Literature reviews are a common thing in the world of academic research. They often involve esoteric topics confined to a narrow universe of scholarly interest. Few literature reviews, however, have generated as much controversy as the recently published paper “Sexuality and Gender: Findings from the Biological, Psychological and Social Sciences,” by Lawrence Mayer and Paul McHugh.
Among the issues attracting attention in the Mayer-McHugh paper is the claim that the causes of sexual orientation are poorly understood, but—most importantly—that genetics is not the sole determinant of sexual orientation. The hypothesis that those who have lesbian, gay, or bisexual (LGB) orientations were born that way is found to be inconsistent with the data. Mayer and McHugh write:
There is virtually no evidence that anyone, gay or straight, is “born that way” if that means their sexual orientation was genetically determined. But there is some evidence from the twin studies that certain genetic profiles probably increase the likelihood the person later identifies as gay or engages in same-sex sexual behavior.
Mayer and McHugh reviewed research on potential environmental factors, such as abuse, but did not find the evidence convincing for any specific environmental factor. They suggest additional research on potential environmental influences.
A team led by J. Michael Bailey published a literature review on this topic at about the same time that Mayer and McHugh published theirs. At times making different inferences than Mayer and McHugh, particularly when the research evidence is ambiguous, Bailey et al. also conclude that genetics is not the most important causal factor for sexual orientation:
Based on the evidence from twin studies, we believe that we can already provide a qualified answer to the question “Is sexual orientation genetic?” That answer is: “Probably somewhat genetic, but not mostly so.”
Both of these research teams reached the same conclusion about the role of genetics in the development of sexual orientation by reviewing studies of twin siblings. With twin studies we want to know the concordance rate: If one member of a twin pair has a same-sex orientation, what is the probability that the other twin also has a same-sex orientation? Identical (monozygotic) twins share all of their genes in common. If sexual orientation is entirely due to genetics, or perhaps a combination of genetics and prenatal environment, then the concordance rate for identical twins would be one, or quite close to one. Fraternal (dizygotic) twins have the same number of genes in common as any two, non-identical siblings. If the concordance rate for identical twins is greater than that of fraternal twins, then clearly genetics plays a role. When considering studies that used the best sampling methods, Bailey and his colleagues found an average concordance rate for identical twins of .24 and .15 for fraternal twins. Yes, genetics plays a role in the development of sexual orientation, but the environment plays a larger role.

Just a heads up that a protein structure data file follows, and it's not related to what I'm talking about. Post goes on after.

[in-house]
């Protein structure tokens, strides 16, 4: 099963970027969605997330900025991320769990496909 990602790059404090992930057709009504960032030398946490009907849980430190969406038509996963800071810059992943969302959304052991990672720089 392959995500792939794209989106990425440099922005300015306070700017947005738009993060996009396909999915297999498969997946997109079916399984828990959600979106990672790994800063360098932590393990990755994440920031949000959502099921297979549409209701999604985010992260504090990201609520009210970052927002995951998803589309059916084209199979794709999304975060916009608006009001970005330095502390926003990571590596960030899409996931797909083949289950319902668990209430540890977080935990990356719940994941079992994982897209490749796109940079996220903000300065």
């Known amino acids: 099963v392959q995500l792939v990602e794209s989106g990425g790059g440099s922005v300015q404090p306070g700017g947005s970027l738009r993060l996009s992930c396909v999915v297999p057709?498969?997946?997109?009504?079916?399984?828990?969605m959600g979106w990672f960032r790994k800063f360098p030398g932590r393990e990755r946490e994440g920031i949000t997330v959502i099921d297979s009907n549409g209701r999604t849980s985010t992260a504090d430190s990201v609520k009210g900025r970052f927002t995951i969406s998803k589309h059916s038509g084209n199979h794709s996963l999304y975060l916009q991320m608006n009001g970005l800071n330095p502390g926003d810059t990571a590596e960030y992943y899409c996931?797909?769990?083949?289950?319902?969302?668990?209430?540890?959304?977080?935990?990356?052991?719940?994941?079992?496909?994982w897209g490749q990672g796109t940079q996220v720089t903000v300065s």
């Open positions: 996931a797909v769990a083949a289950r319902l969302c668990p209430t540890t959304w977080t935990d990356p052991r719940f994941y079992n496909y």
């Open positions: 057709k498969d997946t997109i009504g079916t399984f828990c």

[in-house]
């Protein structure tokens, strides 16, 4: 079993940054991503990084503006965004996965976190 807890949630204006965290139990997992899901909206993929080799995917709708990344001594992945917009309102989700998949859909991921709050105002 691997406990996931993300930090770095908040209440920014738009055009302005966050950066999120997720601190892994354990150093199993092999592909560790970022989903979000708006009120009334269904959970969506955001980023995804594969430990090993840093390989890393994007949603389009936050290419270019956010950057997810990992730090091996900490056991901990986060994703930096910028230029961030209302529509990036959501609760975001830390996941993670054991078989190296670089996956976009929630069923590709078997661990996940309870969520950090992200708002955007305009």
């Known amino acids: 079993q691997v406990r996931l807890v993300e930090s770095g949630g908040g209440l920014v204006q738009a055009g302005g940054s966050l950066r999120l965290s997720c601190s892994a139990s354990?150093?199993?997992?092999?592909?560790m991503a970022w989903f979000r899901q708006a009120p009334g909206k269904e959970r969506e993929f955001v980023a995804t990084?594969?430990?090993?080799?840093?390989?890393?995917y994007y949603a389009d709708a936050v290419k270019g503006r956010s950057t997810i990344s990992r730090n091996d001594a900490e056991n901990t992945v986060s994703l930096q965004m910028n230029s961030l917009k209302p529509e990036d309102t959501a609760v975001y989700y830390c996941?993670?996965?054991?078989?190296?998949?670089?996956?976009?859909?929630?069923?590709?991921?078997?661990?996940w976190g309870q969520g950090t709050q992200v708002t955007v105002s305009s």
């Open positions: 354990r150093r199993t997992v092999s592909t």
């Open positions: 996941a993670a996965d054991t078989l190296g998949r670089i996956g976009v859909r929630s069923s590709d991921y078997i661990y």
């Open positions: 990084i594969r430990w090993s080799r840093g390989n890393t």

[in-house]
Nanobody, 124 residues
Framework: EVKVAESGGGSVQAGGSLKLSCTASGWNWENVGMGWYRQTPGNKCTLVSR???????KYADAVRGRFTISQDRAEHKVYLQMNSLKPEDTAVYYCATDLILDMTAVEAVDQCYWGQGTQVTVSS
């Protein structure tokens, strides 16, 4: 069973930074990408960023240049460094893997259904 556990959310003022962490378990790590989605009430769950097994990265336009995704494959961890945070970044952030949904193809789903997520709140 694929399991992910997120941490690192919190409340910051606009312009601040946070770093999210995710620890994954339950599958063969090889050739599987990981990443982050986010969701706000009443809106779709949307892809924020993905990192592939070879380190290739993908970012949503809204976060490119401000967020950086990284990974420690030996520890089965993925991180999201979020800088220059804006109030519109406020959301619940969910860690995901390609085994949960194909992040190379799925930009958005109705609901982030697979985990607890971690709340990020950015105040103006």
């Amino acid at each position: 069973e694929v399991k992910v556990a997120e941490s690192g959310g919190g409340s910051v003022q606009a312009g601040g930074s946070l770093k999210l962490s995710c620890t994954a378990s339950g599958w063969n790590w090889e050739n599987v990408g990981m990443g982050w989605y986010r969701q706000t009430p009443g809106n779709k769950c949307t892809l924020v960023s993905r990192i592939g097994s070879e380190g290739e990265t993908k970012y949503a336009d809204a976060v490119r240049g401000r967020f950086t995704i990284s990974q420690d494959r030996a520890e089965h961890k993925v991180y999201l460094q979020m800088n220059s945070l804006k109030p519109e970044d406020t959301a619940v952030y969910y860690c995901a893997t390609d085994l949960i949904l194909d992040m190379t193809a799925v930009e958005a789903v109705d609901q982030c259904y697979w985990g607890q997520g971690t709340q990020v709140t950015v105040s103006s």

Those who desire a rigorous understanding of the science of sexual orientation should read both of the recent literature reviews. Unlike the data on the role of genetics, the data on environmental factors is often open to more than one interpretation, so considering multiple perspectives is helpful.
Epigenetics helps explain why the born-that-way hypothesis is false even though genes play a role. The epigenome affects the expression of genes. While our genome is relatively static, our epigenome is influenced by the environment. Thus some identical twins come to look different, behave differently, and have differing risk for psychological disorders. Each twin has different environmental experiences. The differing epigenomes result in different expressions of their common genes. Even if a “gay gene” exists, the born-that-way hypothesis would likely be false because interactions with the environment could affect the expression of the gay gene.
The born-that-way hypothesis is important to people on all sides. Members of the LGB community and their allies often believe that a stronger case can be made for societal embrace of the LGB lifestyle if sexual orientation is caused by genetics. Supporters of traditional morality may also feel more comfortable disapproving of behavior when they believe the behavior does not have a biological foundation.
All complex human behavior has a biological foundation. For example, sociobiology suggests that males are hard wired with a propensity to mate with many partners. Even if males are born this way and it is 100 percent due to biology, it does not follow that mating with many partners is moral. The degree to which any behavior is genetically based has no bearing on its morality, nor its benefit to society. We have considerable control over our biological predispositions; civilization would not be possible otherwise.
The nature vs. nurture question has been, in a sense, settled; the answer is (to some degree) a matter of both. Because the answer involves both, those who argue for the virtue, or lack thereof, of any behavior need to always consider legal, societal, or religious claims rather than strictly biological claims.
Dr. Joseph J. Horton is professor of psychology at Grove City College and the Working Group Coordinator for Marriage and Family with The Center for Vision & Values.